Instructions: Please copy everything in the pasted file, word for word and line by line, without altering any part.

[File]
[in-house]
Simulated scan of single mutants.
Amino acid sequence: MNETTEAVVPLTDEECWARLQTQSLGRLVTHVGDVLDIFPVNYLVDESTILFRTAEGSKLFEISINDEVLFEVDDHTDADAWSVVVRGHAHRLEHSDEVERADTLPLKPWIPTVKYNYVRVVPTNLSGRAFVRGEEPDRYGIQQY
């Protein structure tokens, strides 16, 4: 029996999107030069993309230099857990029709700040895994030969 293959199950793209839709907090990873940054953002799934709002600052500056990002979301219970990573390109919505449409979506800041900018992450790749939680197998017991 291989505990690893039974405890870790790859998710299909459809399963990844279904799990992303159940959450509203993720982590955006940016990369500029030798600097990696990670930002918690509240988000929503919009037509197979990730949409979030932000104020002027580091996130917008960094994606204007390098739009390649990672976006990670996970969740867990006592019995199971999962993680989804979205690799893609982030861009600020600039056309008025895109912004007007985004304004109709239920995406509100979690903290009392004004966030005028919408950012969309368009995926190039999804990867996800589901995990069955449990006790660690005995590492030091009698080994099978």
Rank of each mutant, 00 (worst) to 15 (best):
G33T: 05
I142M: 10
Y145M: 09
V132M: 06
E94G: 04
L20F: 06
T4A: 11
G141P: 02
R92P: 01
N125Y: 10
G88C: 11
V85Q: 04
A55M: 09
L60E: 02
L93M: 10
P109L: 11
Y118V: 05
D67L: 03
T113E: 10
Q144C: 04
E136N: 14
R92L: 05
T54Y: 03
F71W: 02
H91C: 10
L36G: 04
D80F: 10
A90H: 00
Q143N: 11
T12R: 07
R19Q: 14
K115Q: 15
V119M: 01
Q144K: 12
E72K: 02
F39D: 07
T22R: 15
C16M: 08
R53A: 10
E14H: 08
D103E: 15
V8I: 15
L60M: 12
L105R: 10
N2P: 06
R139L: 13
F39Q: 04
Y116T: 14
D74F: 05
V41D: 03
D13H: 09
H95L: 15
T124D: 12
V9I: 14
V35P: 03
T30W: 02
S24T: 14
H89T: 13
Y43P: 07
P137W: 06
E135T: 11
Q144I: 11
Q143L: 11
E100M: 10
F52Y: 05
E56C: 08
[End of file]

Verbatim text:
[in-house]
Simulated scan of single mutants.
Amino acid sequence: MNETTEAVVPLTDEECWARLQTQSLGRLVTHVGDVLDIFPVNYLVDESTILFRTAEGSKLFEISINDEVLFEVDDHTDADAWSVVVRGHAHRLEHSDEVERADTLPLKPWIPTVKYNYVRVVPTNLSGRAFVRGEEPDRYGIQQY
């Protein structure tokens, strides 16, 4: 029996999107030069993309230099857990029709700040895994030969 293959199950793209839709907090990873940054953002799934709002600052500056990002979301219970990573390109919505449409979506800041900018992450790749939680197998017991 291989505990690893039974405890870790790859998710299909459809399963990844279904799990992303159940959450509203993720982590955006940016990369500029030798600097990696990670930002918690509240988000929503919009037509197979990730949409979030932000104020002027580091996130917008960094994606204007390098739009390649990672976006990670996970969740867990006592019995199971999962993680989804979205690799893609982030861009600020600039056309008025895109912004007007985004304004109709239920995406509100979690903290009392004004966030005028919408950012969309368009995926190039999804990867996800589901995990069955449990006790660690005995590492030091009698080994099978």
Rank of each mutant, 00 (worst) to 15 (best):
G33T: 05
I142M: 10
Y145M: 09
V132M: 06
E94G: 04
L20F: 06
T4A: 11
G141P: 02
R92P: 01
N125Y: 10
G88C: 11
V85Q: 04
A55M: 09
L60E: 02
L93M: 10
P109L: 11
Y118V: 05
D67L: 03
T113E: 10
Q144C: 04
E136N: 14
R92L: 05
T54Y: 03
F71W: 02
H91C: 10
L36G: 04
D80F: 10
A90H: 00
Q143N: 11
T12R: 07
R19Q: 14
K115Q: 15
V119M: 01
Q144K: 12
E72K: 02
F39D: 07
T22R: 15
C16M: 08
R53A: 10
E14H: 08
D103E: 15
V8I: 15
L60M: 12
L105R: 10
N2P: 06
R139L: 13
F39Q: 04
Y116T: 14
D74F: 05
V41D: 03
D13H: 09
H95L: 15
T124D: 12
V9I: 14
V35P: 03
T30W: 02
S24T: 14
H89T: 13
Y43P: 07
P137W: 06
E135T: 11
Q144I: 11
Q143L: 11
E100M: 10
F52Y: 05
E56C: 08